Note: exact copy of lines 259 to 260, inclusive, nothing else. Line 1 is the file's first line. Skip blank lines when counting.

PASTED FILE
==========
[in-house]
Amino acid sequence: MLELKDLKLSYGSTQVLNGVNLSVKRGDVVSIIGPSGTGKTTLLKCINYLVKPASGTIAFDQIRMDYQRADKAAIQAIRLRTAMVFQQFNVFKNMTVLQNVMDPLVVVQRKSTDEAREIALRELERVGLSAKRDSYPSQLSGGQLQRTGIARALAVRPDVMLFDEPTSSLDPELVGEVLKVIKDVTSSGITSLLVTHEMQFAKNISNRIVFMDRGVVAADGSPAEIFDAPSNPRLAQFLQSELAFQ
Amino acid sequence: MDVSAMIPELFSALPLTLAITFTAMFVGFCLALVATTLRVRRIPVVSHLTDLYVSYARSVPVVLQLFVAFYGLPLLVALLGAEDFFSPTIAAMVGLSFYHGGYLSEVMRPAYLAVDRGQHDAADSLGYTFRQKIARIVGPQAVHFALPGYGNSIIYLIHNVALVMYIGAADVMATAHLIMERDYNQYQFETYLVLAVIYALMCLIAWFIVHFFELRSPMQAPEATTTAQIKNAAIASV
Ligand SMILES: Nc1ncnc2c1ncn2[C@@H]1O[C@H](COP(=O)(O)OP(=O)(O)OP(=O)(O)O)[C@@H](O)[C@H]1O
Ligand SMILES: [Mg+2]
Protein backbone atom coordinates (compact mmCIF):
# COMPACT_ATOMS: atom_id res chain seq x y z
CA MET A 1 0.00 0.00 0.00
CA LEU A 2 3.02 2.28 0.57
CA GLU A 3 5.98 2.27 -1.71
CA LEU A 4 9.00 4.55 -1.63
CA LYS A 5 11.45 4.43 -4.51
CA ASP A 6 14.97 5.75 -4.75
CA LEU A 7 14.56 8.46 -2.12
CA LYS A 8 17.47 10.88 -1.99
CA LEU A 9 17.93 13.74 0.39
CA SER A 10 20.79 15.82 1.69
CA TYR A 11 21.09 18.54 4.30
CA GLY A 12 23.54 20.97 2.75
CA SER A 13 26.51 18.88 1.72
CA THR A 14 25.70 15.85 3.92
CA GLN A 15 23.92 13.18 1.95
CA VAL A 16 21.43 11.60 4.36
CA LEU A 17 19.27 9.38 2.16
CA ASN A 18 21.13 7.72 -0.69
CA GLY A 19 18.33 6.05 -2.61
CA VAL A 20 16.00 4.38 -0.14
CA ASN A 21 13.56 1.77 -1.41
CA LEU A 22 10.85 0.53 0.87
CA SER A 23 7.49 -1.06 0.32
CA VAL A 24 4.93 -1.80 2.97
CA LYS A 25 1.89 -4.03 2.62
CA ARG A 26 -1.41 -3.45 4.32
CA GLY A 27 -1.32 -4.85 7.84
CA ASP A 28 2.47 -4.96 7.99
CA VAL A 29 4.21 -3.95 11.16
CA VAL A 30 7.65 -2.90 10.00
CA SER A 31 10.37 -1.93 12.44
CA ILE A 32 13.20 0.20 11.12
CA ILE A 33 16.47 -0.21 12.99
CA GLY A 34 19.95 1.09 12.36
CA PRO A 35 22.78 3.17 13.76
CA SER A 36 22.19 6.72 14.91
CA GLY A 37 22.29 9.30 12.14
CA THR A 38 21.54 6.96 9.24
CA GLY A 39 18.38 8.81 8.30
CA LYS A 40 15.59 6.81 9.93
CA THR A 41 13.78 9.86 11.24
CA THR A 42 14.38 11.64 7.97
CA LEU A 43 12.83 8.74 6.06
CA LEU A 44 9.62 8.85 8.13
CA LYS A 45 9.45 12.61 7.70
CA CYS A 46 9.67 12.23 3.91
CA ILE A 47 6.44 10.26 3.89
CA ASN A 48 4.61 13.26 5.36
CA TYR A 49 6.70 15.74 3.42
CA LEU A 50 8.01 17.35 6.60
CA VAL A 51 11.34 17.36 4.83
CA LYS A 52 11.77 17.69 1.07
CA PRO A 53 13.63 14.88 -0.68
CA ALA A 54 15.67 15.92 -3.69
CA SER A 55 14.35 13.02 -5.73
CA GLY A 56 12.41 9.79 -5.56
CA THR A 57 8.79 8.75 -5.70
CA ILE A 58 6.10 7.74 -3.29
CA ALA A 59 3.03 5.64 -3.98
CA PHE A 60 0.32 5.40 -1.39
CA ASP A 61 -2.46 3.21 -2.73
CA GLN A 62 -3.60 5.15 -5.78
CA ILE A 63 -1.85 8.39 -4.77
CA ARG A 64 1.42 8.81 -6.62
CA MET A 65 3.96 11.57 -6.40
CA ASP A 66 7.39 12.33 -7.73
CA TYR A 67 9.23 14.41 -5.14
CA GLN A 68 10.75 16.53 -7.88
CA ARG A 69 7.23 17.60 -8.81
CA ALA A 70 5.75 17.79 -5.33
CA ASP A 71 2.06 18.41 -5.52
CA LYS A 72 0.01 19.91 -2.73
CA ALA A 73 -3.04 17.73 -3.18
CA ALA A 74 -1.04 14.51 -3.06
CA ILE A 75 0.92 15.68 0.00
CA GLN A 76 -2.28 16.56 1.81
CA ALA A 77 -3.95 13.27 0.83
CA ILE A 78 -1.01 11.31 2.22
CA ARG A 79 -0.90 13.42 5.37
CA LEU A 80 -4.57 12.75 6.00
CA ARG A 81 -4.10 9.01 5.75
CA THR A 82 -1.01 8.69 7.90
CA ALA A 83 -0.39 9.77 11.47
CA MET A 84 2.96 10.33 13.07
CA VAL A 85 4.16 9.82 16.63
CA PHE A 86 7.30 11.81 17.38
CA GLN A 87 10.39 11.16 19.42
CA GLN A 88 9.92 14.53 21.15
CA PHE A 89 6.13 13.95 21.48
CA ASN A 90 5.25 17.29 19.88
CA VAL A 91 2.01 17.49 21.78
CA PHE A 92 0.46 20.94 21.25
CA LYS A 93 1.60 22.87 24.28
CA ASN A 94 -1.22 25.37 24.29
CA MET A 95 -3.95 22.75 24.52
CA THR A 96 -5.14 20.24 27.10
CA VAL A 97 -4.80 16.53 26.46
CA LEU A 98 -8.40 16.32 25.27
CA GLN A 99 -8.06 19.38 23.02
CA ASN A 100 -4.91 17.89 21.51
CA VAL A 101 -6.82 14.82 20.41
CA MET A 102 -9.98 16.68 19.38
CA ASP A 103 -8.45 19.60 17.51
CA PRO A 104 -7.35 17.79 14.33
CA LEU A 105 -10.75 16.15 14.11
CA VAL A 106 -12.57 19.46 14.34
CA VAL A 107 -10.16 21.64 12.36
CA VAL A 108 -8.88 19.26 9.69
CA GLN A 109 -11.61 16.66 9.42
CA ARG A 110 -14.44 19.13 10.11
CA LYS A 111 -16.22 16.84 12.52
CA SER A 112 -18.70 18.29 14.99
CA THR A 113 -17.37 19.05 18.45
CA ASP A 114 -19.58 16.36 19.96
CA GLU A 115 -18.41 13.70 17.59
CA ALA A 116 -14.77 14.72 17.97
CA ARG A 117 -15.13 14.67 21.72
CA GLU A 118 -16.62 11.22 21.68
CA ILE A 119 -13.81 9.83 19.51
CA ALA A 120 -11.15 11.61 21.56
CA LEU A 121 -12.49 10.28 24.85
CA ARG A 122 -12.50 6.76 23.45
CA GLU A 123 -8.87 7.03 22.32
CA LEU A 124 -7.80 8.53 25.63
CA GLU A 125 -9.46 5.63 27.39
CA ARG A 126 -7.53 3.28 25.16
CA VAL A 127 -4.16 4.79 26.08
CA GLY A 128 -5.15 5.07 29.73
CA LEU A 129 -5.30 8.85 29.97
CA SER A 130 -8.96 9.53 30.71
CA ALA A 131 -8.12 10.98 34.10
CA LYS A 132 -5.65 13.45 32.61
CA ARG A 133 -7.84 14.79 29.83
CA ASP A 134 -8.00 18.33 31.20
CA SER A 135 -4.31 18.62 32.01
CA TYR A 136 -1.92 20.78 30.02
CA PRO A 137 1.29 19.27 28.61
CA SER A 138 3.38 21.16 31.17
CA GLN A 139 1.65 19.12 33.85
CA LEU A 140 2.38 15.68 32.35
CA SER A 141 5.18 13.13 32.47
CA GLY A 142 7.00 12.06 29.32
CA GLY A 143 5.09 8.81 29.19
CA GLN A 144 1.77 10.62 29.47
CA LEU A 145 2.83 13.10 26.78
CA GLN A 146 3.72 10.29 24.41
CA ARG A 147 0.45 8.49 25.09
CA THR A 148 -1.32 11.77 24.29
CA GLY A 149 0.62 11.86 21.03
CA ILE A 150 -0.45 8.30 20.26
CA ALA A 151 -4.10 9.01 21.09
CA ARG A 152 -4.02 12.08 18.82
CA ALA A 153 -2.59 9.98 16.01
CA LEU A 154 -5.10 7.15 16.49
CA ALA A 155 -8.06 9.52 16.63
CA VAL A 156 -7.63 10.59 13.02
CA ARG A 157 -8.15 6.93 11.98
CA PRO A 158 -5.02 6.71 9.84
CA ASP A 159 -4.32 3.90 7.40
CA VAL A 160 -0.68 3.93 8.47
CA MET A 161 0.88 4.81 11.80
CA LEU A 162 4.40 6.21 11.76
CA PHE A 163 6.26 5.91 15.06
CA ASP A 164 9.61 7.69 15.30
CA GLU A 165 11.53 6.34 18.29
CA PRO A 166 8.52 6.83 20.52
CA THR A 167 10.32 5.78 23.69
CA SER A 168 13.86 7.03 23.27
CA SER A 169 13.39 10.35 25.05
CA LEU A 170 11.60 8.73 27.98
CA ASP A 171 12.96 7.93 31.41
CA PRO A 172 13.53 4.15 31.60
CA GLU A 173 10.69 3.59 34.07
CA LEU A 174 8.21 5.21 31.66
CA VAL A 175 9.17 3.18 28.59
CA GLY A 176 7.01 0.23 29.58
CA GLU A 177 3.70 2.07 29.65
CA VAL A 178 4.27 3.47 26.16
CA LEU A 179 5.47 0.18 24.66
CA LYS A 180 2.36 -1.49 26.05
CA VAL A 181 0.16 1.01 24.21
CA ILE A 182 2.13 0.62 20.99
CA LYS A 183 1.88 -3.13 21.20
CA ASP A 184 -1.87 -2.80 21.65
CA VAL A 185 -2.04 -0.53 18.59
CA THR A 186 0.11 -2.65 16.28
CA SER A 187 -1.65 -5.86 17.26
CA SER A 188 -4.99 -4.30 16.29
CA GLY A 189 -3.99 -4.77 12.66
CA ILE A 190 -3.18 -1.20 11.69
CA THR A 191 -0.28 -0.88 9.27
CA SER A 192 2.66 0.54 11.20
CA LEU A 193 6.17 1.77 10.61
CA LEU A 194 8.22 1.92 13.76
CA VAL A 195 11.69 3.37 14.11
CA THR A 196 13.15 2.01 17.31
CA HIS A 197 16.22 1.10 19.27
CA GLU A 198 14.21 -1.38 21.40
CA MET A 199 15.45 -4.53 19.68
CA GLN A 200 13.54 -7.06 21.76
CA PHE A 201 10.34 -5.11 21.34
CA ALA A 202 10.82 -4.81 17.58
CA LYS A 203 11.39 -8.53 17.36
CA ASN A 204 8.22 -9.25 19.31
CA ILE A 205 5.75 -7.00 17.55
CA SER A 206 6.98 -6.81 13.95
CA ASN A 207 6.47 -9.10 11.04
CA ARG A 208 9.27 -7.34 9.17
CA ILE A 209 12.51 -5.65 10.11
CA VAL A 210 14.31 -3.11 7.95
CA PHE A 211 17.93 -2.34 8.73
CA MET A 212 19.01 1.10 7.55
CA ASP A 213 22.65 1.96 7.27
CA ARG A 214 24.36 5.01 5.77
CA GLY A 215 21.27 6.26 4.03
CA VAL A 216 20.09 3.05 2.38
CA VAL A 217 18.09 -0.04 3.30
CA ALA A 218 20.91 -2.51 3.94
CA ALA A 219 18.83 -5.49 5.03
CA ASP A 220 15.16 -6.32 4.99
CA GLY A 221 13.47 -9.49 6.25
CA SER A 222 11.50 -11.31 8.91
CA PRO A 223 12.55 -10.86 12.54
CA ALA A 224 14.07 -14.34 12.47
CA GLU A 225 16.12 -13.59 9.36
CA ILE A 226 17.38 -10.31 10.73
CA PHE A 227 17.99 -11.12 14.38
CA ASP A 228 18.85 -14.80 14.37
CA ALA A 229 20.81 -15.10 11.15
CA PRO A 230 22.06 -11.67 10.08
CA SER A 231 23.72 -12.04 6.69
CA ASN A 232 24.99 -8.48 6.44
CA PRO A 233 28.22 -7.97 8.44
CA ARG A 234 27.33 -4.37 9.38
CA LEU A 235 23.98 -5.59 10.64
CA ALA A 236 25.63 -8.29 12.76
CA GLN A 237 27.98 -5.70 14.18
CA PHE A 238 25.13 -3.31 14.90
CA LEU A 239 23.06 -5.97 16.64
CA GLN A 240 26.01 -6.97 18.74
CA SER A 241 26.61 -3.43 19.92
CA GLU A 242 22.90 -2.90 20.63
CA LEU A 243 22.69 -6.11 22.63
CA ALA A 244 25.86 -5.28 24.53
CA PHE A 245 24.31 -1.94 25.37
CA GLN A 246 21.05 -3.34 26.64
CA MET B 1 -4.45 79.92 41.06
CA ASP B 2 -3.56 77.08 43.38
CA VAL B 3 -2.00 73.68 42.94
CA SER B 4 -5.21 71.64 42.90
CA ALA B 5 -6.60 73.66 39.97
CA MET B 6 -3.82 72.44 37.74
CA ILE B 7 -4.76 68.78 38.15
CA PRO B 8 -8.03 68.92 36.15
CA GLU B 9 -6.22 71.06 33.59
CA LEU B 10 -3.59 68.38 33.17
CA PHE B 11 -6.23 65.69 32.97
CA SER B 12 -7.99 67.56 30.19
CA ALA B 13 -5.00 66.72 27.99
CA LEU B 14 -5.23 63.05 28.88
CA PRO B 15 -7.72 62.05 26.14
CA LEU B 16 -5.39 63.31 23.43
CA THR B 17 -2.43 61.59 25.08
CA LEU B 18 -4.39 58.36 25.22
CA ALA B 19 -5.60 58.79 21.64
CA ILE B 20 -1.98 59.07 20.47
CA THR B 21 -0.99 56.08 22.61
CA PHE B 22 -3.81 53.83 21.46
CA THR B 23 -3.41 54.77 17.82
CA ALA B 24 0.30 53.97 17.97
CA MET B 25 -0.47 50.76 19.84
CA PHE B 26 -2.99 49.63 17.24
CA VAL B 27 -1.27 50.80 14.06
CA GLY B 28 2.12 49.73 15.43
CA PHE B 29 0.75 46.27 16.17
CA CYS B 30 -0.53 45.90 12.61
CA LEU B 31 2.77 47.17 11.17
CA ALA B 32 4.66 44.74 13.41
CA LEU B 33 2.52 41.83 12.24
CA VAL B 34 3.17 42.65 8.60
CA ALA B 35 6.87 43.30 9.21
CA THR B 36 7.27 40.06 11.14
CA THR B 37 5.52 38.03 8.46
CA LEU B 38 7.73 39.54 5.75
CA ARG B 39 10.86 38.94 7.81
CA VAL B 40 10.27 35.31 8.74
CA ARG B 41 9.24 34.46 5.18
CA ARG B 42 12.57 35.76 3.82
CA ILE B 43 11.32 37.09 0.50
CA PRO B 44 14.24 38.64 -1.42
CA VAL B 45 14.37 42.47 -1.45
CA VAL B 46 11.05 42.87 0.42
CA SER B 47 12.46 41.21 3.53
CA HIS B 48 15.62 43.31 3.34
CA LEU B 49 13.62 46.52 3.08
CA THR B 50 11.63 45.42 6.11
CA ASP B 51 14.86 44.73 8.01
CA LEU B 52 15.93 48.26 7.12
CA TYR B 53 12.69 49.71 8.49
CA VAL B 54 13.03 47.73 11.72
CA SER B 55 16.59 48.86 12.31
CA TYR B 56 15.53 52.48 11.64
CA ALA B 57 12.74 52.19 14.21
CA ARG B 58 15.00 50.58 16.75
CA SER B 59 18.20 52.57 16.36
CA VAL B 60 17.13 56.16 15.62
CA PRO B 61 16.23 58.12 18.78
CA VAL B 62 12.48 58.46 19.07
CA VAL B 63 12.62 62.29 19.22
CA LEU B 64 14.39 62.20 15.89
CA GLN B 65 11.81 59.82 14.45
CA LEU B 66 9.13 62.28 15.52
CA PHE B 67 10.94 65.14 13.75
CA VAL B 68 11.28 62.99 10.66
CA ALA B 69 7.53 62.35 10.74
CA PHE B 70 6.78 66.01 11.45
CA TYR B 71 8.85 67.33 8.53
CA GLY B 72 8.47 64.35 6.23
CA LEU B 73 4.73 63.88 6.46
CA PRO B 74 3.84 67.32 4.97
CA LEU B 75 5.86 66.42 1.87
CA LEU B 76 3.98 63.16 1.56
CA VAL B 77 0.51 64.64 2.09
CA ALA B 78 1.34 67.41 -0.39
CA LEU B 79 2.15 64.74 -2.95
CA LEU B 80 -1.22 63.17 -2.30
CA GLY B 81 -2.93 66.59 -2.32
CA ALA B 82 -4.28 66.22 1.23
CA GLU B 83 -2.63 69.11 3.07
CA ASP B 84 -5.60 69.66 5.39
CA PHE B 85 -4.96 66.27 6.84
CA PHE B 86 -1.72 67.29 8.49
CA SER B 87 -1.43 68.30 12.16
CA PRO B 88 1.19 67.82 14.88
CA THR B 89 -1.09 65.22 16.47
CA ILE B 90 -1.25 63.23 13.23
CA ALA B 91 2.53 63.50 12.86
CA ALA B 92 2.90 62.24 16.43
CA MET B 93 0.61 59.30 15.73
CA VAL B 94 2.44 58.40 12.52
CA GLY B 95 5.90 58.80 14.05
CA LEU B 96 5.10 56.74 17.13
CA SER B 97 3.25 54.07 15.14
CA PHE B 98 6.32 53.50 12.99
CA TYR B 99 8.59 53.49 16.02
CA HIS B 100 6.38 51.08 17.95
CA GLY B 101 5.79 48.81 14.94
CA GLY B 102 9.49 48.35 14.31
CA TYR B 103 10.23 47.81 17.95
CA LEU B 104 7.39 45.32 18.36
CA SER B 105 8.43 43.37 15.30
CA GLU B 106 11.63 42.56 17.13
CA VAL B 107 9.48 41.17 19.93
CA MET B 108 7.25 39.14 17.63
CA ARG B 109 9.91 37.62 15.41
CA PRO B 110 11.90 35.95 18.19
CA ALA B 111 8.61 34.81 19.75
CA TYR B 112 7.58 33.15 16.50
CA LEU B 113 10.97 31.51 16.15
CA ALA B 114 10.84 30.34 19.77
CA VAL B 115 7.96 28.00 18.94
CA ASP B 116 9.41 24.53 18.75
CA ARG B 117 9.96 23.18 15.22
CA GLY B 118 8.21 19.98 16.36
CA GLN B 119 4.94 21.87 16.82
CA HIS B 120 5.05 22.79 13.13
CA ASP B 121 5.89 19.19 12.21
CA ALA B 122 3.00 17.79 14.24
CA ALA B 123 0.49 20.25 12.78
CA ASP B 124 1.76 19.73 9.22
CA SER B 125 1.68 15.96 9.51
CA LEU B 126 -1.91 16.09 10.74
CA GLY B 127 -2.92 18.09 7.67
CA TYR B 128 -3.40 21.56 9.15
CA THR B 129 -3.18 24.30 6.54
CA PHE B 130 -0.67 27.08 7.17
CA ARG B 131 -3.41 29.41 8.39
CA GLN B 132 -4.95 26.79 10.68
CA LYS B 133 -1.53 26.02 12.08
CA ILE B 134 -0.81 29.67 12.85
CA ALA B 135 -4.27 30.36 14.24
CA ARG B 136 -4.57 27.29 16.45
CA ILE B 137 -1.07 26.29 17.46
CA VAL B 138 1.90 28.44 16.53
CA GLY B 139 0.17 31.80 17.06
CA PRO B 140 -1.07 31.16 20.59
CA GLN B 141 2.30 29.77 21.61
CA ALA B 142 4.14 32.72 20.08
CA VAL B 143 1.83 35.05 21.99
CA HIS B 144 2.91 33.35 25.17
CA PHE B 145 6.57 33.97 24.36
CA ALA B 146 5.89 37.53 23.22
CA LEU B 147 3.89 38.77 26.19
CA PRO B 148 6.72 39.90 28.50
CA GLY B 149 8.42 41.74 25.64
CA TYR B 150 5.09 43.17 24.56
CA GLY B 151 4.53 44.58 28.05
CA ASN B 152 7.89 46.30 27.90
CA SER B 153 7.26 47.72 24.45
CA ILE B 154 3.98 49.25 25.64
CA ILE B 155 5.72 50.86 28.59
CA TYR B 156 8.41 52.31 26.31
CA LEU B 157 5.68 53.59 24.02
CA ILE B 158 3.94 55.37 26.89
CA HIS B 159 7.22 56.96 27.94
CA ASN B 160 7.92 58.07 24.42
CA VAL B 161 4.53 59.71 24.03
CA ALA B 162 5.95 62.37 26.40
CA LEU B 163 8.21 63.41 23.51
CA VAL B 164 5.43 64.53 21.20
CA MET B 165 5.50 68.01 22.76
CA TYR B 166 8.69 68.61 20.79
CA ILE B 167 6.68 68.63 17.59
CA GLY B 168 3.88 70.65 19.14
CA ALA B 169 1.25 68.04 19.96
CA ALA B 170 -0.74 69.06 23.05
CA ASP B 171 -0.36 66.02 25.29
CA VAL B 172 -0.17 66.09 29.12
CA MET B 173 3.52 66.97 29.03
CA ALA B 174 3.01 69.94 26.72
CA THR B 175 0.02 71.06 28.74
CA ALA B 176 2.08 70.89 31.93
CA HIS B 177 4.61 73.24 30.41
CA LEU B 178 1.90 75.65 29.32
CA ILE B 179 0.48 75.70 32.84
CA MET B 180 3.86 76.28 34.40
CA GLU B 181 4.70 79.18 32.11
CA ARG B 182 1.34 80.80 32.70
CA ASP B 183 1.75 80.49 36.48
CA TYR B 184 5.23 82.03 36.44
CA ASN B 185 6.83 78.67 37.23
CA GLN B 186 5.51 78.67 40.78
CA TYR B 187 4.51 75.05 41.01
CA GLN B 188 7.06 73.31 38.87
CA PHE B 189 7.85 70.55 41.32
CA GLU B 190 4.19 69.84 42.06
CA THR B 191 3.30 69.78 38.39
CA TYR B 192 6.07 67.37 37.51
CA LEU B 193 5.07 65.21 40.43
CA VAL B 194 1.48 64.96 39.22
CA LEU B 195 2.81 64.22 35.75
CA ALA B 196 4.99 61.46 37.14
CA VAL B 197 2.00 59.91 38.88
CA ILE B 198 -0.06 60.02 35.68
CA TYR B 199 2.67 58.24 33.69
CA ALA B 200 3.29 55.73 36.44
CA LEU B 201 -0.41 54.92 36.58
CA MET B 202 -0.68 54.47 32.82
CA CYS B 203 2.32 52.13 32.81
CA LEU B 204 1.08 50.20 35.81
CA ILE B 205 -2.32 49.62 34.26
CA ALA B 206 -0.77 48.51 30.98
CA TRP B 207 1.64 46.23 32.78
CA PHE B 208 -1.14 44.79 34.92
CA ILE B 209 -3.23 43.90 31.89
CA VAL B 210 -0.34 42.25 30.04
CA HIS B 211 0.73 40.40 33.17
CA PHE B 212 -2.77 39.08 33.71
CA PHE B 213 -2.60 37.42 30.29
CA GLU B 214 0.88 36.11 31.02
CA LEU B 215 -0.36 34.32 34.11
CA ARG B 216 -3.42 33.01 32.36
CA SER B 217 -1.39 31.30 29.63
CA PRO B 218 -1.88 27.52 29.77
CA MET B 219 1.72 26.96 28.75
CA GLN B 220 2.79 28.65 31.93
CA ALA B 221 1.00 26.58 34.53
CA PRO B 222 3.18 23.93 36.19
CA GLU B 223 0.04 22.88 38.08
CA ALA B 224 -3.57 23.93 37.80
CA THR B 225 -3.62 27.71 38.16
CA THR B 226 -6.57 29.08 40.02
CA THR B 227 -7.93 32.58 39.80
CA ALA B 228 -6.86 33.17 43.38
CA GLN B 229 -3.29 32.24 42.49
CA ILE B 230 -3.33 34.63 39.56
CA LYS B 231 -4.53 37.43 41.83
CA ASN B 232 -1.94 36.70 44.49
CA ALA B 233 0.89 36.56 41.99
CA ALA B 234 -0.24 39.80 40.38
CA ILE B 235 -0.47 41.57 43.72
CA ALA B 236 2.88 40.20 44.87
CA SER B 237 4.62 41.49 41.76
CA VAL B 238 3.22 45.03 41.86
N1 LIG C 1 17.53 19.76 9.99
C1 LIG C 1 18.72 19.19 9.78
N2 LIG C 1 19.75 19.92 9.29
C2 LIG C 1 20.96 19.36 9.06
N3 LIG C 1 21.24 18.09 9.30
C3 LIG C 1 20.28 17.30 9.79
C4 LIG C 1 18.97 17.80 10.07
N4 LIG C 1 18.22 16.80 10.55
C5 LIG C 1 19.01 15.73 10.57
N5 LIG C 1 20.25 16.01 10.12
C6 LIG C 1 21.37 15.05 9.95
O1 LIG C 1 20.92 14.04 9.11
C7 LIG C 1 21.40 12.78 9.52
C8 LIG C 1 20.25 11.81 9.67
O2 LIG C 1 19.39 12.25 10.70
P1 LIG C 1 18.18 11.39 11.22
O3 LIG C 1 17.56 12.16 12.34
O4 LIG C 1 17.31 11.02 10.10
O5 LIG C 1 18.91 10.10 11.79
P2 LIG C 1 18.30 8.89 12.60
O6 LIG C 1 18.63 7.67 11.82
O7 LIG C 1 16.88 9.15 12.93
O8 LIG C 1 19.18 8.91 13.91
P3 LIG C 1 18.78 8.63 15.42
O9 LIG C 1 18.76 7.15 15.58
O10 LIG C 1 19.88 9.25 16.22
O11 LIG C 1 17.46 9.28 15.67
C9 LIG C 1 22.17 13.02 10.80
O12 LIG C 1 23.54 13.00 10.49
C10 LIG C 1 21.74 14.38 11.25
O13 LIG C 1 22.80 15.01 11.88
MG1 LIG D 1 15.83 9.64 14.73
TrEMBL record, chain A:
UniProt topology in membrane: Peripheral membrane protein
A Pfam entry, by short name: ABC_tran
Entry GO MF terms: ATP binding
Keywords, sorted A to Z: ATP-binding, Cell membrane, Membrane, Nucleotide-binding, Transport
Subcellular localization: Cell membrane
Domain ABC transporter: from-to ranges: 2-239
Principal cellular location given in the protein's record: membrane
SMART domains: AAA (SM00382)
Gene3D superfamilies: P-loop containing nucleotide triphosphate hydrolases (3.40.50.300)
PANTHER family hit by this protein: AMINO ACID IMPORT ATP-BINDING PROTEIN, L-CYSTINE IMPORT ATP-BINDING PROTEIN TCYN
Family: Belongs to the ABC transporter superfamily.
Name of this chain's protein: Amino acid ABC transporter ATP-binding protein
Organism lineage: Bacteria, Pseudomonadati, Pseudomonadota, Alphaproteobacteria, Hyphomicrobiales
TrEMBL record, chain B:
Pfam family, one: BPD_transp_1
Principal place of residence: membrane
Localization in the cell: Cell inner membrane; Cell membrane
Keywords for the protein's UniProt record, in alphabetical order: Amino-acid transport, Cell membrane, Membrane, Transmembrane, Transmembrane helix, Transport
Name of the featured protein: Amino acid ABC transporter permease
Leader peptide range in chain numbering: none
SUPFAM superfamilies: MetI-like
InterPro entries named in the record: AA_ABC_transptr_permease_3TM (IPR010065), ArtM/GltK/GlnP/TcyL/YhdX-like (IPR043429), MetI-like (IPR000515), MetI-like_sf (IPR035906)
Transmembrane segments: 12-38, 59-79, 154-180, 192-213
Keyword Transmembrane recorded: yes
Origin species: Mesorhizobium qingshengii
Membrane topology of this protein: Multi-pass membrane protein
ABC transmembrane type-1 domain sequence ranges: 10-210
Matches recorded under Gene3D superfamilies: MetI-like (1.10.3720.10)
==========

CA MET B 6 -3.82 72.44 37.74
CA ILE B 7 -4.76 68.78 38.15